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Marking 25th anniversary of Korea-Vietnam diplomatic ties

Marking 25th anniversary of Korea-Vietnam diplomatic ties

Posted December. 21, 2017 09:21,   

Updated December. 21, 2017 09:35


“Bun cha,” grilled pork and noodle served with dipping sauce, “banh mi,” Vietnamese baguette sandwich, and “banh xeo,” fried pancake, these are only some of many Vietnamese dishes loved by young Koreans in their 20s and 30s. The Vietnamese noodle soup “pho” has already become office workers’ favorite lunch menu in Korea while “goi cuon,” widely known as Vietnamese wraps or spring rolls, has long been on the menu for newly-weds’ housewarming.

Vietnam has also emerged as the most favorite outbound tourist destination in Korea. According to the statistics published by the Korea Tourism Organization, Vietnam topped the list of most visited country in Southeast Asian, overtaking Thailand, for the first time in the first half of this year. This change is attributable to the country’s efforts to open and reform the society, as evidenced by the remarkably growing Vietnamese economy since the economic reforms called Doi Moi policy launched in 1986.

South Korea and Vietnam mark the 25th anniversary of establishing diplomatic ties Friday. As the saying goes, after a storm comes a calm. The once strained bilateral relationship prompted by Korea’s dispatching troops to the southeastern nation during the Vietnam War, has now become the cooperative one. To Vietnam, Korea is the largest foreign investor and third largest trading partner. The two countries are actively involved in personal exchanges. Many Korean coaches are leading the Vietnamese national team for shooting, archery and soccer. Besides, among multicultural couples who tied the knot in Korea last year, the proportion of Vietnamese women account for 27.9 percent, outstripping that of Chinese brides. As they start a family, the bond between Korea and Vietnam will be further strengthened.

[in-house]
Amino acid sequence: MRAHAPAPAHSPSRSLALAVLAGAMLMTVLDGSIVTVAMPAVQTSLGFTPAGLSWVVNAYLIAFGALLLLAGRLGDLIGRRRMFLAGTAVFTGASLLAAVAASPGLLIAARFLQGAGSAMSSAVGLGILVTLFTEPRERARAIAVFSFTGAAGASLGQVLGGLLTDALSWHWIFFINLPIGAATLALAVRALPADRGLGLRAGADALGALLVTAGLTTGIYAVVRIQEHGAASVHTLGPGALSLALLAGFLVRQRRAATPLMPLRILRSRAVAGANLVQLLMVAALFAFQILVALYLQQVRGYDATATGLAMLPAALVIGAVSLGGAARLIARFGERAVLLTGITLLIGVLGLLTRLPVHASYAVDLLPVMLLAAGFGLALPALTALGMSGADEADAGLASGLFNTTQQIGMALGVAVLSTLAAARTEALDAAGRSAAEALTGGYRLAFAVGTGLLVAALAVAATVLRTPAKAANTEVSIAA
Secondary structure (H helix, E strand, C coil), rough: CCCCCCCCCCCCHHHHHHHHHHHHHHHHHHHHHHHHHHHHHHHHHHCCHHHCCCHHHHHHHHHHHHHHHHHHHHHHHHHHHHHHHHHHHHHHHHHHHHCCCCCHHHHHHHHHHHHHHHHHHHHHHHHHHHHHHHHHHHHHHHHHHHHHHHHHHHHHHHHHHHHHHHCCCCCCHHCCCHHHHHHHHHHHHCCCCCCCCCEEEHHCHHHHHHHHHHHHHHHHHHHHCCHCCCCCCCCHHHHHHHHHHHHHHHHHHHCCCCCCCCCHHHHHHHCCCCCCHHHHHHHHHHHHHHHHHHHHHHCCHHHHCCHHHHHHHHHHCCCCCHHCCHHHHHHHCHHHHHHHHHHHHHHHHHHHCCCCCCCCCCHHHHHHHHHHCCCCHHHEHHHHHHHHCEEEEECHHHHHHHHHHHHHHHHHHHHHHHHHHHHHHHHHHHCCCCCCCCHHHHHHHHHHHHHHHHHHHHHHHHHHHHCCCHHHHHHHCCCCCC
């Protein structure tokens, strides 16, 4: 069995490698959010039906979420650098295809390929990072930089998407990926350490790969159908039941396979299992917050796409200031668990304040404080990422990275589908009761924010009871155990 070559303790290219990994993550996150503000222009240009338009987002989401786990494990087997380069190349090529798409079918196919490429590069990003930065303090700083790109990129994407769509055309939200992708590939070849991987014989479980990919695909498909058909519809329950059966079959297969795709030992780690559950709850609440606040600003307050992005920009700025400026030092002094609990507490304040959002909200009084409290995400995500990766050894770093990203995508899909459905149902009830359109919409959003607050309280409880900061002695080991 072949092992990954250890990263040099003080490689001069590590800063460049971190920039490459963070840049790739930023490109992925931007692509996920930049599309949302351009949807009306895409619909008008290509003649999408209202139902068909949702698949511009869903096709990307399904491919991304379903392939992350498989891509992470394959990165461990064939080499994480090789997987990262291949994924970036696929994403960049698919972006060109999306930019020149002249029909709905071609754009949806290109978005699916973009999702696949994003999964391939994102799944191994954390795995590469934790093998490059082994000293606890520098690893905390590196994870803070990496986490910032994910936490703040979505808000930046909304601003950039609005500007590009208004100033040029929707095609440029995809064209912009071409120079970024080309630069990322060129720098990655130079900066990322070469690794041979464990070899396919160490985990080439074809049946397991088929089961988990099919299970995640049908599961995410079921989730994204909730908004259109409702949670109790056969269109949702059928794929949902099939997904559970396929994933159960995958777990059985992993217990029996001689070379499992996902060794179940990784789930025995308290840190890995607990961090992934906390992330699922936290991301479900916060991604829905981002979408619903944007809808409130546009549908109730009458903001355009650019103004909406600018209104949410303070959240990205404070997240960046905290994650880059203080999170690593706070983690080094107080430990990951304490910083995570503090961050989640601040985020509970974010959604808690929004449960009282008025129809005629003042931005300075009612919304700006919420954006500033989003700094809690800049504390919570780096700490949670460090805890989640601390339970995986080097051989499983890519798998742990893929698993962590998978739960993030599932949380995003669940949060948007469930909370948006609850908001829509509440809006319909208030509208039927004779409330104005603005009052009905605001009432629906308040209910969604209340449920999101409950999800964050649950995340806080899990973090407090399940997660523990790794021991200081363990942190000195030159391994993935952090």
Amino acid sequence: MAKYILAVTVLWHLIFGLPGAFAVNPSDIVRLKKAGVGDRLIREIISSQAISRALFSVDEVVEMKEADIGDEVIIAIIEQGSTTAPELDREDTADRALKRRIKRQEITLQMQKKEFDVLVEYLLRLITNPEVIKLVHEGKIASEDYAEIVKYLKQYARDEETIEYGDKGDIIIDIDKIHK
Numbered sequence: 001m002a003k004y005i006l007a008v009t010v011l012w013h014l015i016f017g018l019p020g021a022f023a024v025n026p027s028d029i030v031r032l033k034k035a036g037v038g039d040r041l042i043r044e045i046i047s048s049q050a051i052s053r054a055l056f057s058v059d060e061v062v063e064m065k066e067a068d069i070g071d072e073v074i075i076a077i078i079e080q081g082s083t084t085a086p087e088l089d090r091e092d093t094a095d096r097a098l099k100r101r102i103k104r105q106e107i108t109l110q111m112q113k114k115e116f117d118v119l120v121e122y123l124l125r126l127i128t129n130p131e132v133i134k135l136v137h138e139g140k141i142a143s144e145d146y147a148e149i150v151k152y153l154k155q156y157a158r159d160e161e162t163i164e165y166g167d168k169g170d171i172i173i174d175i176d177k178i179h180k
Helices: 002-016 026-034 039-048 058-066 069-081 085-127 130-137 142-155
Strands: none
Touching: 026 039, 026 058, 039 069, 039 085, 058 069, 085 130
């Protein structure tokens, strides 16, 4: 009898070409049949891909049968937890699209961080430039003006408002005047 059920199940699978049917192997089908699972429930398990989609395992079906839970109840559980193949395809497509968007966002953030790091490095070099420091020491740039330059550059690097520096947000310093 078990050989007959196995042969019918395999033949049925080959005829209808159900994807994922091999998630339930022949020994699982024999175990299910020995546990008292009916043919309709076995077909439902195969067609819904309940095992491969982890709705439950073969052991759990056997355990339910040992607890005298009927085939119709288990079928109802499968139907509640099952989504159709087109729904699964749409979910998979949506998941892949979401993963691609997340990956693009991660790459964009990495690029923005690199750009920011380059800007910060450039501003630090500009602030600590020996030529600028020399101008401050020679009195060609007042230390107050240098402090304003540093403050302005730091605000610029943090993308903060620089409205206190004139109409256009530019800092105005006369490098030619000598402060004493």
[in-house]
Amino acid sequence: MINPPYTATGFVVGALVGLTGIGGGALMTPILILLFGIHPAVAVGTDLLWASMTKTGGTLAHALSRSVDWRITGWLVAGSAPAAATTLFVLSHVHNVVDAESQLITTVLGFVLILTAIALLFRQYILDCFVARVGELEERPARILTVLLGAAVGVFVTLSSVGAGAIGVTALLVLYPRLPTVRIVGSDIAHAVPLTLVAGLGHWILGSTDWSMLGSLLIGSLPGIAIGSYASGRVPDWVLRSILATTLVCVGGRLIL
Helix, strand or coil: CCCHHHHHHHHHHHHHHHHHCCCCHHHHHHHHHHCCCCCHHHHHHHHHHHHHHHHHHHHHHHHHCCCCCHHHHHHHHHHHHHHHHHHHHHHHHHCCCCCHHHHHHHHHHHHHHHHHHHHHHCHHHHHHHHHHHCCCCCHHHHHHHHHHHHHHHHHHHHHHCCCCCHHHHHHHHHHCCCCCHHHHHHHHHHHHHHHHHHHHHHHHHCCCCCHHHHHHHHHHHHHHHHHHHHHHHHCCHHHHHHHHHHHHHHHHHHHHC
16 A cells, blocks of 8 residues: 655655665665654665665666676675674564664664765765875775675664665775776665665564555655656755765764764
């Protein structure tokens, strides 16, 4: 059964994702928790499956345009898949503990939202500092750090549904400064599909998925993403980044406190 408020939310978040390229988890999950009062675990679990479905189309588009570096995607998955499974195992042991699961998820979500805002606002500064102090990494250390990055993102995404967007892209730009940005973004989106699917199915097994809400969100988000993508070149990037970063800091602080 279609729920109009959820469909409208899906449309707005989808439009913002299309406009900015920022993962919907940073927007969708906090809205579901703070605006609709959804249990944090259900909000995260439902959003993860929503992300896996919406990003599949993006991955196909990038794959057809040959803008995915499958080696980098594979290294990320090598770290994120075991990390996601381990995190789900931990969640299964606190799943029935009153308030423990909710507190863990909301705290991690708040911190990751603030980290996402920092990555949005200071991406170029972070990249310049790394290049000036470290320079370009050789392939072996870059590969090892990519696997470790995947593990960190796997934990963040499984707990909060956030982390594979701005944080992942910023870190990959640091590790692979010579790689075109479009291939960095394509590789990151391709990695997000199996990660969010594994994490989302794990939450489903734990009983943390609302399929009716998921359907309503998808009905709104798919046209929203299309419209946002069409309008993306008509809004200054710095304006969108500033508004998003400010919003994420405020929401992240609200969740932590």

Vietnam is a country who won a war against the United States, the world’s superpower, and cannot be looked down on by its neighbor China. Where does such sense of power come from? The answer is in the words of Vietnamese communist leader Ho Chi Minh, also known as founding father when he made an agreement with France to fight against the United States: “We respond to changes with what doesn’t change.” That is, the country’s power comes from flexibility, which refuses no enemy for the sake of national interest. It appears Vietnam wants to follow in the footsteps of South Korea, who had risen from pains of the colonial rule and ashes of the war and achieved a miraculous economic development. However, Korea has things to learn from the country. They include a future-oriented mind that accepts the reality and pursues practical interests instead of obsessing with causes or ideologies, and unity of the people who support the nation’s decision without quarrelling among themselves.